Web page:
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Using Qualitative Data to Further Examine Flagged Items from the Engineering Ethics Reasoning Instrument (EERI)

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2020 ASEE Virtual Annual Conference Content Access


Virtual On line

Publication Date

June 22, 2020

Start Date

June 22, 2020

End Date

June 26, 2021

Conference Session

Assessing Ethics Learning

Tagged Division

Engineering Ethics

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Paper Authors


Peter Wesley Odom Purdue University, West Lafayette

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Wesley is a PhD student in Engineering Education at Purdue University. His primary research interests surround assessment technologies, the psychology of student learning of STEM subjects, and international community development.

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Given the relative popularity of the Engineering Ethics Reasoning Instrument (EERI), despite only being in the early stages of validation, it is important to make progress towards ensuring that it is reliable and measuring what it is intended to measure. The EERI has been referenced or used for research in more than ten ASEE papers since 2014 and was even used as a component of research published in the Journal of Engineering Education (JEE) last year. Results from a recent Partial Confirmatory Factor Analysis (PCFA) of the EERI indicated that 17 of the 72 items in the EERI were not loading strongly enough with their schemas or were loading incorrectly. This paper explores qualitative results from a special administration of the EERI where students were asked to provide additional information about how they perceived items from the instrument. The students were prompted to do individual reflections as well as teamed reflections where they discussed differences of opinion regarding various items. Afterwards they returned to answer some follow up qualitative and quantitative questions. This paper takes this data and investigates if there are any connections between what students reported and the 17 items which were identified as problematic during the PCFA. Results from the qualitative data supported several of the outcomes from the PCFA while providing fewer insights regarding other items. Overall, it is believed that results highlighted several previously unknown issues with certain items from the EERI. Fortunately, the results also provide evidence-based support for how the indicated items may need to be updated, or justification for their removal.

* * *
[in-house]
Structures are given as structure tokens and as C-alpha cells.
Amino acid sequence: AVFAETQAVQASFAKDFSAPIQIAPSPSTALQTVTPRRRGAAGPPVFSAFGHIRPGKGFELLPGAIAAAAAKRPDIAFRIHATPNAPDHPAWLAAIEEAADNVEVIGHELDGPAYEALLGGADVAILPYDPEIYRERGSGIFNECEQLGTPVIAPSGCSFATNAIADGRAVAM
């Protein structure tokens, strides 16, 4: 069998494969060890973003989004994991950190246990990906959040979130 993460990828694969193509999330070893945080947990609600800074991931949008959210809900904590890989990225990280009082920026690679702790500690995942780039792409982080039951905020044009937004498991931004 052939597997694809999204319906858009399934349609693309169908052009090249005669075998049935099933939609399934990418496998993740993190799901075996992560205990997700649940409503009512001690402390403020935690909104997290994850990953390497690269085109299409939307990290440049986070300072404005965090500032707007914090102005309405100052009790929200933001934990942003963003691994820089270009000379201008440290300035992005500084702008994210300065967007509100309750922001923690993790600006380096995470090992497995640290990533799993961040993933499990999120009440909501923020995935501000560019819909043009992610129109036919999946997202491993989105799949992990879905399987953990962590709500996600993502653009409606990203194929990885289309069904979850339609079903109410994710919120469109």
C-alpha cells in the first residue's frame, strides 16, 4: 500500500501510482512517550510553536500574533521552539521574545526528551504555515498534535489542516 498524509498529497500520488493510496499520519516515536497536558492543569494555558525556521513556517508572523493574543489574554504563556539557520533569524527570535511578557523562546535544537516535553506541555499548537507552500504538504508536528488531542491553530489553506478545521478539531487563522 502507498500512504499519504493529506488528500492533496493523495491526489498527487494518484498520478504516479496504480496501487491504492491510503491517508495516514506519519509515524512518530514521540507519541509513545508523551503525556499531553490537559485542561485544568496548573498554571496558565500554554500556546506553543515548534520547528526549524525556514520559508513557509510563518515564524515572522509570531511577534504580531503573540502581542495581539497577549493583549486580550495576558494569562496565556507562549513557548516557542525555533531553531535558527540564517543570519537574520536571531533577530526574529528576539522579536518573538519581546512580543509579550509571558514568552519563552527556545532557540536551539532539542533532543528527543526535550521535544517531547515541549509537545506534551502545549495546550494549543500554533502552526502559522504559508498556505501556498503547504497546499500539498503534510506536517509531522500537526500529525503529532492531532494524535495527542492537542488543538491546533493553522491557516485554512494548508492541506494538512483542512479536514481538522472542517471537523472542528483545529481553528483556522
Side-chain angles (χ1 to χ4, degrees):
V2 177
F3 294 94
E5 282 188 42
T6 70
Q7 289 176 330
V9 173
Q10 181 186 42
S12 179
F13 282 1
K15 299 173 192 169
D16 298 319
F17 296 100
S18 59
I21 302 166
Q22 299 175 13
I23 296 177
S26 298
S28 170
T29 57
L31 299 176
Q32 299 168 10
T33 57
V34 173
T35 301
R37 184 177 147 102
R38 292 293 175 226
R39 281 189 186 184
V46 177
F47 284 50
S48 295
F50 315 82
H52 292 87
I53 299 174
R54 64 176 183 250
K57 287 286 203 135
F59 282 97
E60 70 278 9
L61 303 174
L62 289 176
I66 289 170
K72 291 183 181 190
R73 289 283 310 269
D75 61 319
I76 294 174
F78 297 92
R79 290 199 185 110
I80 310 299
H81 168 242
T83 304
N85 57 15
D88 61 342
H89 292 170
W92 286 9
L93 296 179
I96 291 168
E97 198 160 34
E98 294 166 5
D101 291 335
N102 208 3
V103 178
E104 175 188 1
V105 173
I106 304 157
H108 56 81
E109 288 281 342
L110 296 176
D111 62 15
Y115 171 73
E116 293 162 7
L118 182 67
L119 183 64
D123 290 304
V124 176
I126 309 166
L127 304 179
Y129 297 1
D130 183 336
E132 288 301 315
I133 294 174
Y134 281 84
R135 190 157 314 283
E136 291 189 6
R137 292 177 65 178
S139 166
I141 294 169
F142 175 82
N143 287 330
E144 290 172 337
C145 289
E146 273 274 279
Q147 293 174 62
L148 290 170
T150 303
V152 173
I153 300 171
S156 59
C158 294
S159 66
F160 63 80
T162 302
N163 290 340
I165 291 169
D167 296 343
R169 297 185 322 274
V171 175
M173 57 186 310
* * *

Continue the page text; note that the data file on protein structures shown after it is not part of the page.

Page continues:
Odom, P. W. (2020, June), Using Qualitative Data to Further Examine Flagged Items from the Engineering Ethics Reasoning Instrument (EERI) Paper presented at 2020 ASEE Virtual Annual Conference Content Access, Virtual On line . 10.18260/1-2--35469

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